“Projective Identification in Practice” with Paul Terry on Saturday 7th October 2017
This day workshop will study projective identification as it is experienced in therapeutic practice.
Projective identification will be examined in the transference and countertransference; in its different forms: attributive, evocative or acquisitive; its various motives: to communicate, evacuate, possess, control, deny separateness or overcome loss; its relationship to introjective identification; how the superego drives projective identification and is often reflected in what is projected; and as projective identification operates interpersonally in therapeutic and other personal relationships, and intrapersonally between the ego and superego. Working through to enable the retrieval of projective identifications will be studied in relation to therapeutic technique of the framing and timing of interpretations.
These different aspects of projective identification will be illustrated through the presentation and discussion of clinical material. Workshop participants are encouraged to bring examples from their own practice.
The workshop is suitable for qualified/ experienced therapists as well as trainee counsellors and therapists.
Paul Terry is a Consultant Clinical Psychologist in private practice. He has worked in child, adolescent, adult mental health and forensic settings, and most recently in a specialist mental health service for older people in the National Health Service. For many years in tandem with clinical practice Paul was Lecturer in Counselling at Birkbeck College, University of London.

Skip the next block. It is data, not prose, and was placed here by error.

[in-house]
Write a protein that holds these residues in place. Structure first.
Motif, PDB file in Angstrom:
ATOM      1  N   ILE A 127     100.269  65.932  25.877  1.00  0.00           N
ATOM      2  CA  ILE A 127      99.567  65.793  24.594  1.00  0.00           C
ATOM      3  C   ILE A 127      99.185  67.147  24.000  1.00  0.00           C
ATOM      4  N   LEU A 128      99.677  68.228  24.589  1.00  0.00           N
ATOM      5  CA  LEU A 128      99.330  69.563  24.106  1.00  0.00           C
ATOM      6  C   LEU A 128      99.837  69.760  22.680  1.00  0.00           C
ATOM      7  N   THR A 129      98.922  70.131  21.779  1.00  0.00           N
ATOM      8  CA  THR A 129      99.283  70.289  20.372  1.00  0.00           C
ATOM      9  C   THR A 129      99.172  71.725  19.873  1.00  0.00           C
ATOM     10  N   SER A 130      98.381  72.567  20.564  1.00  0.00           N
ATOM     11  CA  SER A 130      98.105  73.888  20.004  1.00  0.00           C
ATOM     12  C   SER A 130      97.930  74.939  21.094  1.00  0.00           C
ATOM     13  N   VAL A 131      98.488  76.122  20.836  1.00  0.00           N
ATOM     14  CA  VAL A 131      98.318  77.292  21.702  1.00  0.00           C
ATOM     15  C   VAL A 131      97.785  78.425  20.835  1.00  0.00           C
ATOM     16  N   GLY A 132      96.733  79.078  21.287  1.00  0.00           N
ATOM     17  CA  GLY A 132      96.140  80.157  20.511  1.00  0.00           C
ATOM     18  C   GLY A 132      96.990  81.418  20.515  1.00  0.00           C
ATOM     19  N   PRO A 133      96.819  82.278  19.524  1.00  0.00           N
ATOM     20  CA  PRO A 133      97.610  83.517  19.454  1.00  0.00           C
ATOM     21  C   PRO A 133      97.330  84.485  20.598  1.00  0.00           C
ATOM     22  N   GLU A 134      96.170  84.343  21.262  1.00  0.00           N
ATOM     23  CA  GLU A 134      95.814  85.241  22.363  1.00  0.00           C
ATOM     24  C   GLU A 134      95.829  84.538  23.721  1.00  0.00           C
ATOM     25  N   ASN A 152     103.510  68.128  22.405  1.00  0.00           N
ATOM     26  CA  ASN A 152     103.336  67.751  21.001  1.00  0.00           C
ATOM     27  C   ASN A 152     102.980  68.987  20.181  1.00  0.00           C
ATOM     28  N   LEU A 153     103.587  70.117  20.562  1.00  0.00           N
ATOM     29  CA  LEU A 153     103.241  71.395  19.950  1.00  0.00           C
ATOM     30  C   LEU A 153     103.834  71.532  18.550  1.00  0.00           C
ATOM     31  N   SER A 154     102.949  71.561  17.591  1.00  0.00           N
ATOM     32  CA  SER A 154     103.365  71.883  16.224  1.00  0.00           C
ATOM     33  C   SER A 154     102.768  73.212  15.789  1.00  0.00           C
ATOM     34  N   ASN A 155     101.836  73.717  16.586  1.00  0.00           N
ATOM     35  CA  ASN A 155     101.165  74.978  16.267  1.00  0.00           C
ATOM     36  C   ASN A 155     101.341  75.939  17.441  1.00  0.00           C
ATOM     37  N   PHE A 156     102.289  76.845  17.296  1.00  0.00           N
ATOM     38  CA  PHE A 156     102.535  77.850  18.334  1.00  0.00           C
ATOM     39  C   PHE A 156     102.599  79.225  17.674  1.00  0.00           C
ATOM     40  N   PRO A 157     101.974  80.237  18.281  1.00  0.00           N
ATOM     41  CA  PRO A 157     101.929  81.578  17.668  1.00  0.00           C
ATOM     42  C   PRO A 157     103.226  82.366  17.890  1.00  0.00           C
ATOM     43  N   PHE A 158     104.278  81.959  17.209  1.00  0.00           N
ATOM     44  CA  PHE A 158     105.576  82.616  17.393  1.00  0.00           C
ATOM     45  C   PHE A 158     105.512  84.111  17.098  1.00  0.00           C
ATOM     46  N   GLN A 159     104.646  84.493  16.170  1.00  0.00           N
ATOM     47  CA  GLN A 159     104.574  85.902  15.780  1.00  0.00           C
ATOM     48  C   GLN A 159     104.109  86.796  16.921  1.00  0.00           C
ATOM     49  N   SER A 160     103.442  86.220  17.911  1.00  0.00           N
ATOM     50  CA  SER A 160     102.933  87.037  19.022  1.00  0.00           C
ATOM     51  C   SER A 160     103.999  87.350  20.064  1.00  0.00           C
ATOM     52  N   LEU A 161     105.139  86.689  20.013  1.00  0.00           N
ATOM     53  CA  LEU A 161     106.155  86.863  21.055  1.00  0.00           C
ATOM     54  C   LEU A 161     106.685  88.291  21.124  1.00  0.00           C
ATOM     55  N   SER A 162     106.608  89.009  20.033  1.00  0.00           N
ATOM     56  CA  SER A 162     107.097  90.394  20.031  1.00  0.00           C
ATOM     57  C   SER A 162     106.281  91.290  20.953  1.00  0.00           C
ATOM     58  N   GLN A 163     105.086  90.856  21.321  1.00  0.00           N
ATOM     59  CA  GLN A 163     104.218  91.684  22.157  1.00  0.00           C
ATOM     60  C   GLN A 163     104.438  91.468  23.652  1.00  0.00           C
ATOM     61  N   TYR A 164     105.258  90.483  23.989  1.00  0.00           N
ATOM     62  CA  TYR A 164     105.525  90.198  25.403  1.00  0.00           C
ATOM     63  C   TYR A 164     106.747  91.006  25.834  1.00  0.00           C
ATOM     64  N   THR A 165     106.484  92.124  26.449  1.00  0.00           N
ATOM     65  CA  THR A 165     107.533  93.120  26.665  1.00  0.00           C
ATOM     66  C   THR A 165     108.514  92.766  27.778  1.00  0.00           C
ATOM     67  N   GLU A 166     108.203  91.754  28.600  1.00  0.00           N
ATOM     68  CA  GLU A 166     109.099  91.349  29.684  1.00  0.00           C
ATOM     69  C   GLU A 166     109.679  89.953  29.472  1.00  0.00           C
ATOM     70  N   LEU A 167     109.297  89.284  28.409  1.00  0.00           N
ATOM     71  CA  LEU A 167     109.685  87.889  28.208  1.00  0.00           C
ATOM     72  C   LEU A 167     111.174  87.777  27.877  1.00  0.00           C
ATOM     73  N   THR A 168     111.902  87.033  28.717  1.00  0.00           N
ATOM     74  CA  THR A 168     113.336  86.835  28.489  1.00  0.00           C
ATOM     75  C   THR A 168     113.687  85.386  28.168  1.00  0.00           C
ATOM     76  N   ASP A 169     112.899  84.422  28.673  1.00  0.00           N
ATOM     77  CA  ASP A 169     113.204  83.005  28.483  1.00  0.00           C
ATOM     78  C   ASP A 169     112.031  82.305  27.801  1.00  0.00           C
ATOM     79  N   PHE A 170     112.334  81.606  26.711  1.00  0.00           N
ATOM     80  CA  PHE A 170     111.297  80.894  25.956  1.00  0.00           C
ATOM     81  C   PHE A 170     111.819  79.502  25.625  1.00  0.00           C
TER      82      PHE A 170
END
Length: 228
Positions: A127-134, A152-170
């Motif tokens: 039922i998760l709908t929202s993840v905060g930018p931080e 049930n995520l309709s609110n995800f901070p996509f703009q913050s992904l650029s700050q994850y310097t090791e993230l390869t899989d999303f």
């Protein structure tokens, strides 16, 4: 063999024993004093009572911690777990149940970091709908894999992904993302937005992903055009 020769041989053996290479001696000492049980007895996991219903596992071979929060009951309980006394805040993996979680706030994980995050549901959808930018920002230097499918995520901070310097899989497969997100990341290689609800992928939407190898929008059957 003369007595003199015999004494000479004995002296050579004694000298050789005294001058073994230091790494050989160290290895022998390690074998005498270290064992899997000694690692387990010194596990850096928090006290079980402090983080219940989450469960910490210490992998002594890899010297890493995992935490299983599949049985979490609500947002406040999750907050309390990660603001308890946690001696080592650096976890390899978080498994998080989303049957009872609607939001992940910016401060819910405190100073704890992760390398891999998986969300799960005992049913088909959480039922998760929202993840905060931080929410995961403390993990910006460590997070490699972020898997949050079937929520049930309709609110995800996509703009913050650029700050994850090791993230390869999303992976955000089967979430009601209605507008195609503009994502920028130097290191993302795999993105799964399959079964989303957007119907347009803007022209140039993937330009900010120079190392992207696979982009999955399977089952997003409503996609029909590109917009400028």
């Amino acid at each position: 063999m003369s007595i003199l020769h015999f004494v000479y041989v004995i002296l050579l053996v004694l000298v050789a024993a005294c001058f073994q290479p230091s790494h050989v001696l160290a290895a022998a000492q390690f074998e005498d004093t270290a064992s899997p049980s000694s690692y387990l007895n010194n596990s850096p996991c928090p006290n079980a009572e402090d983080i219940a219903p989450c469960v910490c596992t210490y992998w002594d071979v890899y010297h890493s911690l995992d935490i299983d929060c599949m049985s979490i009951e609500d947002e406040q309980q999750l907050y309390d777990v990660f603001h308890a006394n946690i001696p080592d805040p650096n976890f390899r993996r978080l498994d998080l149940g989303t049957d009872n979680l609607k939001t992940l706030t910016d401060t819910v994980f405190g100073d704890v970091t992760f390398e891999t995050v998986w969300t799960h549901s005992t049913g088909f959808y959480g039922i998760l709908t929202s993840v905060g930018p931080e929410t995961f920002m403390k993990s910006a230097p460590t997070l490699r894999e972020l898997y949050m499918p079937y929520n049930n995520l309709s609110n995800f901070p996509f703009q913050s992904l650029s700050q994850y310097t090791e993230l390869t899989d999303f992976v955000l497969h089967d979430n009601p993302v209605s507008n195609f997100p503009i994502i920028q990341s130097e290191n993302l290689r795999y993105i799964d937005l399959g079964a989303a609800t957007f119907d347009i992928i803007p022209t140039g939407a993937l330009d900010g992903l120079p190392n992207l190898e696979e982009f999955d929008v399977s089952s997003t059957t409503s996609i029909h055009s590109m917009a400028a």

Paul has written extensively about his clinical work and the application of psychoanalytical ideas to social and political themes. In 2004 Paul won the Annual Essay Prize of the Association of Psychoanalytic Psychotherapy in the NHS for his article ‘Dangerous Liaisons: Psychosis and Violence – Working in a Psychiatric Intensive Care Unit’ In 2008 he published a revised second edition of his book Counselling and Psychotherapy with Older People: A Psychodynamic Approach (London: Palgrave Macmillan).
Paul has a particular interest in projective identification because it has become a central concept in his teaching and publications. He finds it especially helpful in illuminating clinical practice and various social and political issues. For the last several years he has led workshops on projective identification at the Westminster Pastoral Foundation in London.
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